Breaking down the tax reform bill through the eyes of a financial planner

Disclaimer: Please speak with a tax professional about your specific tax situation. I usually place the disclaimer at the end of a financial piece to recognize that clients should go through the proper channels for final tax decisions. However, for this submission I am putting it out in the beginning to recognize the fact that I honestly can't make heads or tails of the new tax reform bill. I certainly can recognize the impact that some aspects of the bill will have (as I cite below), but I cannot determine whether I do or do not want this bill to pass. I am not completely certain whether this bill will cause my taxes to increase or decrease, or how it will affect the people in my practice as a whole. It is a convoluted bill, and without getting too political, I am willing to bet that's the way Congress wants it. I am going to use this month’s submission to highlight a couple of things I recognized in the tax bill that will have a large impact on how I work with my clients. This is just the tip of the iceberg of what is in the bill, and every time I read it I find new nuggets of information. I recommend to anyone interested in the bill language that it is okay to start with my thoughts, but you need to do your own deep dive to determine how the bill will impact you. And so, here are a couple aspects of the tax reform bill that I, as a financial planner, found interesting. The elimination of the state and local tax deduction (SALT): This is the big one, and the current language of both the House’s and Senate’s bill eliminate a taxpayer's ability to deduct their state and local taxes from their federal adjusted gross income. This is a big hit to the states with high state taxes. California, New York and New Jersey are prime candidates. To simplify this new role, look at what you paid in state and local taxes last year, and assume that is how much your adjusted gross income is going up for your next federal return under this bill. There is a caveat, as there is language in the bill stating that property taxes can be deducted up to $10,000, but this is a relatively small number for most of the people I work with. Decrease in the mortgage interest deductions cap from $1 million to $500,000: Taxpayers will still be able to deduct the interest of their mortgage, but only up to a mortgage balance of $500,000 from the previous amount of $1 million. In addition, the interest deduction for home equity loans will be eliminated. This is a gigantic tax change for metropolitan areas on both coasts. In short, this will make home ownership less appealing from a monetary standpoint, and time will tell how this will affect home values. Retirement account contribution limits WILL NOT be lowered: There was a rumor that 401k contribution limits would be reduced drastically, but to date that is not the case. Medical deductions will still be allowed: Another small victory for an aging population. It would have been horrible for a medical emergency or medical condition to become a double economic burden. With other deductions being removed I am glad that there is still at least some tools that tax payers can use to decrease their burden. Pass-through income to be taxed at the corporate rate: The corporate rate is likely to be reduced and many small businesses will be able to take part in that reduction by filing as a pass-through entity. This includes S Corps, Partnerships and Sole Proprietors. While this is good for the bulk of small businesses around the country, there is a limit for service industries which include legal services, financial services, tax professionals, etc. Service providers will not be able to qualify for the pass through income tax rate if they make more than $75,000 a year (when filing single) or $150,000 (when filling jointly). Another ‘benefit’ that is likely to be missed for the bulk of my practice who don’t fall into the income requirements. Elimination of IRA re-characterization: Re-characterization is the strategy of moving funds from a Roth IRA (after a Roth conversion) back to an IRA, when your assets have not fared well in the market. This allows individuals to reverse their conversion when they would be paying taxes on a balance that is higher than the current balance due to a market downturn. While I will still promote Roth conversions for long-term investing, this certainly sours the process a bit. Moreover, what really irks me is that there is language in the house version of the bill that says that this change is being done so that people don't “game the system”. I apologize for being a bit curt towards those wonderful members of Congress, but the entire tax system, with all of its glorious loopholes, is history’s greatest example of “gaming the system”. Using that language for one specific item that many people benefit from is a little disingenuous. Tax credit for home sales: A slight language change would require an owner of a primary residence to live in that residence for five out of eight years, instead of the current two out of five years, to qualify for the $250,000 capital gains credit on a sale. This is not likely to affect many people, but it is an example of how people really need to pay attention to the details of the new legislation. I will not speculate on the likelihood of this bill passing, or put on my political hat and prognosticate how it will affect the federal budget, or the funding of federal programs, but I will say that major changes are coming if this bill does get passed. And (I admit to being biased on this point), this is as important a time as ever to make sure you have the right professionals in your corner to adjust to these changes in the most efficient manner possible. There is a high possibility that we will all have a lot of work to do in the near future.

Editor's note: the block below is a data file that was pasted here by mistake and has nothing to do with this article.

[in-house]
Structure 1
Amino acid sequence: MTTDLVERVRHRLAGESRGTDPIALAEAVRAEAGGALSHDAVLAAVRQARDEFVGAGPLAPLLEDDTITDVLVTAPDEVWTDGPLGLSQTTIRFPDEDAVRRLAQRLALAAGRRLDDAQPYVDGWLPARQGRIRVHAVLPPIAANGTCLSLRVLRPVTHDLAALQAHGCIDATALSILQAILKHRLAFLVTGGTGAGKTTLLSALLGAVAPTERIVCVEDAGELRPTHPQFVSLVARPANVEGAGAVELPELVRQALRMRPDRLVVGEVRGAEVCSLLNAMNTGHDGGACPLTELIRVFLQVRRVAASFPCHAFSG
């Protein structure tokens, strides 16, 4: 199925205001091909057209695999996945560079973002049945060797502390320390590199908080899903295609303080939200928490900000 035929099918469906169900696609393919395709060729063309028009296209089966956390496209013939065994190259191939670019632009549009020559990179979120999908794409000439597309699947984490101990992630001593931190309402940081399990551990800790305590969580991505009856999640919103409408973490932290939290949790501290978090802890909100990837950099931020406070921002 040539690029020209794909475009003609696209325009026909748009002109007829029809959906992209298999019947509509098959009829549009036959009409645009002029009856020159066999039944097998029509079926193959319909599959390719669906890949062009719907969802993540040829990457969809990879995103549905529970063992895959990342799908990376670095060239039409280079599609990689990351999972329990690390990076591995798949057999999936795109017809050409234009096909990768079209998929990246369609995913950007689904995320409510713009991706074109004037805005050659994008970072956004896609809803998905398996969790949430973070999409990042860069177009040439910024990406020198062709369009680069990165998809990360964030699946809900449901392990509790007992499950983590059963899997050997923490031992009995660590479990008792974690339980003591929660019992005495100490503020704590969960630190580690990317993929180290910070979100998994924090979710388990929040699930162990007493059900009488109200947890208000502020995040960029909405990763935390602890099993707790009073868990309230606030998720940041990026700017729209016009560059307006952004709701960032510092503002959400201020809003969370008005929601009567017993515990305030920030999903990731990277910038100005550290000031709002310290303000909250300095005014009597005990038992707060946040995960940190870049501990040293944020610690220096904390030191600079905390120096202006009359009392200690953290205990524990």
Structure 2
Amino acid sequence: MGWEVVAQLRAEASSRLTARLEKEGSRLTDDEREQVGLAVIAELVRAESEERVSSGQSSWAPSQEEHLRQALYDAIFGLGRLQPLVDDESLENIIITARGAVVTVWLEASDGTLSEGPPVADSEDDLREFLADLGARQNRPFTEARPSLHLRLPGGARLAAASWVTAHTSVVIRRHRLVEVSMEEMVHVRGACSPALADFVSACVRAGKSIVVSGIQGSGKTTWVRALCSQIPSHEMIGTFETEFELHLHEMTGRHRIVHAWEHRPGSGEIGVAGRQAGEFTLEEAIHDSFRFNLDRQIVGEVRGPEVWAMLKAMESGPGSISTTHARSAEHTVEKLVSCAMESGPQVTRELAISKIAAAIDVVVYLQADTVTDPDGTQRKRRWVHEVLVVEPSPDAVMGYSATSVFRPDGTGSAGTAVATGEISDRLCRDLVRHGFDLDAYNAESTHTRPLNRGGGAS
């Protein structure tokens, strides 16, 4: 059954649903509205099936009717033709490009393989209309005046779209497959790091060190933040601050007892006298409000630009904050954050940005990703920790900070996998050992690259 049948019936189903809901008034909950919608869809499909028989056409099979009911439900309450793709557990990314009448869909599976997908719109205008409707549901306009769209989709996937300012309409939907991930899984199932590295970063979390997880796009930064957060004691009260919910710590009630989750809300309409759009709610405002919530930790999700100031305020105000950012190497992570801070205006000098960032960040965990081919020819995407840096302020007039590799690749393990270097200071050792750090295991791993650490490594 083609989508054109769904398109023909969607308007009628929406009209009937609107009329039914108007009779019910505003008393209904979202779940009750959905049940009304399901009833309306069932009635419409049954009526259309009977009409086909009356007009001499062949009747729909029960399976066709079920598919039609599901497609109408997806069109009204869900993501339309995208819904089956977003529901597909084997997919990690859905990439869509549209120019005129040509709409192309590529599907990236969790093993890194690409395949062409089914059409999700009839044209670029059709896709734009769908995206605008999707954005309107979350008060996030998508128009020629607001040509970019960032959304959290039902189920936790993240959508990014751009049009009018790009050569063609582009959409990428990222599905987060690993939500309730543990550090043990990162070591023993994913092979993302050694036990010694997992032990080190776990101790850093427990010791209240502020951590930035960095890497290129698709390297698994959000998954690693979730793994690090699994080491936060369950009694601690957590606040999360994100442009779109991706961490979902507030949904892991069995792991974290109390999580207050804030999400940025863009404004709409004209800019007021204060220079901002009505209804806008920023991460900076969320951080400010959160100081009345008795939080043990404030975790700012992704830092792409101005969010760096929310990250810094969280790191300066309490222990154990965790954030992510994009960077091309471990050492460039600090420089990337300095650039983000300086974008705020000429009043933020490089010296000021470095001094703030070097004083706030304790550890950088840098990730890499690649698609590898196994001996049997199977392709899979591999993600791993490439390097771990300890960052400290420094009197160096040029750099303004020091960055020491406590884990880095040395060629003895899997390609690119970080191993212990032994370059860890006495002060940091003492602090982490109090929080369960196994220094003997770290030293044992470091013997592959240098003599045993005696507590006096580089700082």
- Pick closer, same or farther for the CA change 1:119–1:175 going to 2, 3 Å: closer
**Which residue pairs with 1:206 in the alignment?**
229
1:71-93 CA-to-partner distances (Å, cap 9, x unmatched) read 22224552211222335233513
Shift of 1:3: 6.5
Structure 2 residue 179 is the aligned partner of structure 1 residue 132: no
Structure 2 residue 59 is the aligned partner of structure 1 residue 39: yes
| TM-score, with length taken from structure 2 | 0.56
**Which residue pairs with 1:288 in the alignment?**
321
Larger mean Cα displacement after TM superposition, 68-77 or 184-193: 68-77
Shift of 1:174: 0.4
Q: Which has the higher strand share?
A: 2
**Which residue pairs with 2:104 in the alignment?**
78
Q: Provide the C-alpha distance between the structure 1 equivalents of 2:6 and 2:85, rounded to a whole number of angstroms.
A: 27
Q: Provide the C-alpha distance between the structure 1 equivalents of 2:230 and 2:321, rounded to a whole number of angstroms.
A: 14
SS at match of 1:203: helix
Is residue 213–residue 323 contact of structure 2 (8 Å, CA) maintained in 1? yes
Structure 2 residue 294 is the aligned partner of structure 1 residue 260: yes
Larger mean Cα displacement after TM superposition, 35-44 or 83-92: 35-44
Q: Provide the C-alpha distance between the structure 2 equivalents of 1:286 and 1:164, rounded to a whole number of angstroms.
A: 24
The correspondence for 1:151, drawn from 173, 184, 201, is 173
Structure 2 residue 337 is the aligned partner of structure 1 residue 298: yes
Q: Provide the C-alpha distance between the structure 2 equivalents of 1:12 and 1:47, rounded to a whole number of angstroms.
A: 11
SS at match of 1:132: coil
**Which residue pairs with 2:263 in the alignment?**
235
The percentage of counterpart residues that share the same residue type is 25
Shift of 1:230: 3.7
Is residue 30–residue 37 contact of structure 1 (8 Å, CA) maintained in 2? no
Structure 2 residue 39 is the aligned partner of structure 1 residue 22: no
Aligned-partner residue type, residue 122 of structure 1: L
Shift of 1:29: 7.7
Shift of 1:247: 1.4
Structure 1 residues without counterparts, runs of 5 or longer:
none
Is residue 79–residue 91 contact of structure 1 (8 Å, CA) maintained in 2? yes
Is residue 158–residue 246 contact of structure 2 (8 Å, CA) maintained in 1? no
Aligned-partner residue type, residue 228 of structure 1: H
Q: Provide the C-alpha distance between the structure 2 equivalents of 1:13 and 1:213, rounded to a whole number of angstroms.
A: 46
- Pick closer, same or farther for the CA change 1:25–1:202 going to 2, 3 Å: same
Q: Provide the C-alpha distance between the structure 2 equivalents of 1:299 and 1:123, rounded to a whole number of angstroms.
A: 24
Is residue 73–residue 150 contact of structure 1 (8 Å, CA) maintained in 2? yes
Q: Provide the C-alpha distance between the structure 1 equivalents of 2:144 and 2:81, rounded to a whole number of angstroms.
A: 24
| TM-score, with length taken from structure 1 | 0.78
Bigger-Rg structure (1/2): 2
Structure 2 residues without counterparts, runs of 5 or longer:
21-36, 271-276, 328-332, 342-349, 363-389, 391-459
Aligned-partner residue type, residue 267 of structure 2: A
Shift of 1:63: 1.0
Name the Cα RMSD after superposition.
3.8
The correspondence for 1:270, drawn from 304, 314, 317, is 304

1. Until then, enjoy your Thanksgiving meal! Enjoy time with friends and family! And don't forget to set a plate aside, with a wing and a leg for Uncle Sam.